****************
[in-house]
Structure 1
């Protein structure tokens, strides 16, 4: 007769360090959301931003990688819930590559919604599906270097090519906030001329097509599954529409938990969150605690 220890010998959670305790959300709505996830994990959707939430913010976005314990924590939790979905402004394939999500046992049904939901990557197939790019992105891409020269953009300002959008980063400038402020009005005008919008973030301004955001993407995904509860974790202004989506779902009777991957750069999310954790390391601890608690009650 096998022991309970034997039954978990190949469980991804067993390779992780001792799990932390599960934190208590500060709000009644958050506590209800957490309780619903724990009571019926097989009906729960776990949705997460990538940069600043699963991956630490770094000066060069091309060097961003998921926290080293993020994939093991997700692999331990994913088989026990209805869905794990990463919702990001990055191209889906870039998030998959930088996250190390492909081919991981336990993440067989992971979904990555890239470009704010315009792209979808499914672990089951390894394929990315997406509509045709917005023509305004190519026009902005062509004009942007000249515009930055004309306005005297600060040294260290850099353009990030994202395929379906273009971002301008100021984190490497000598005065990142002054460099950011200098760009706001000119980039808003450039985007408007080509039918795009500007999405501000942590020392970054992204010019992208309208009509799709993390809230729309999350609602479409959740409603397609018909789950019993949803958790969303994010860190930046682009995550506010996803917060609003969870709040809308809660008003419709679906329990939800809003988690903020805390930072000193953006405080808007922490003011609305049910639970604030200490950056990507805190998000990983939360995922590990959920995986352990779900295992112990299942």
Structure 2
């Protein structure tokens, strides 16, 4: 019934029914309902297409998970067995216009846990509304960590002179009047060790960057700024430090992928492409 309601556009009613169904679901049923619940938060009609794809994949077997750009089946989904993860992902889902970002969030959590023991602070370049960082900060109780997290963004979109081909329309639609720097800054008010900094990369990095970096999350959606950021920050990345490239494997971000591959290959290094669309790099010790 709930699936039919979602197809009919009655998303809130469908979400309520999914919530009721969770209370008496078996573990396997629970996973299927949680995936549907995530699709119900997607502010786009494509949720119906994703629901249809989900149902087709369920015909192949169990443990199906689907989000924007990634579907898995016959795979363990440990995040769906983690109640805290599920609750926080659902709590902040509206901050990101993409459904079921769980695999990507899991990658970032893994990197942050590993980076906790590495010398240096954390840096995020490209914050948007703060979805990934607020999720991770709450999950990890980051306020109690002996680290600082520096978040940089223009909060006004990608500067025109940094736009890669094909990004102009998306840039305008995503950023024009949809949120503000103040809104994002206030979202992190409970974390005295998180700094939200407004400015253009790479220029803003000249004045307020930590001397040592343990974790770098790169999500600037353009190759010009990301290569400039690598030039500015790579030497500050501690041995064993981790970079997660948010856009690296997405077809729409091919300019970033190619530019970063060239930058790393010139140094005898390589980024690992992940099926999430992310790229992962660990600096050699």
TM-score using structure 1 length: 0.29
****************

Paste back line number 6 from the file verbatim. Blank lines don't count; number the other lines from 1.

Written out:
TM-score using structure 1 length: 0.29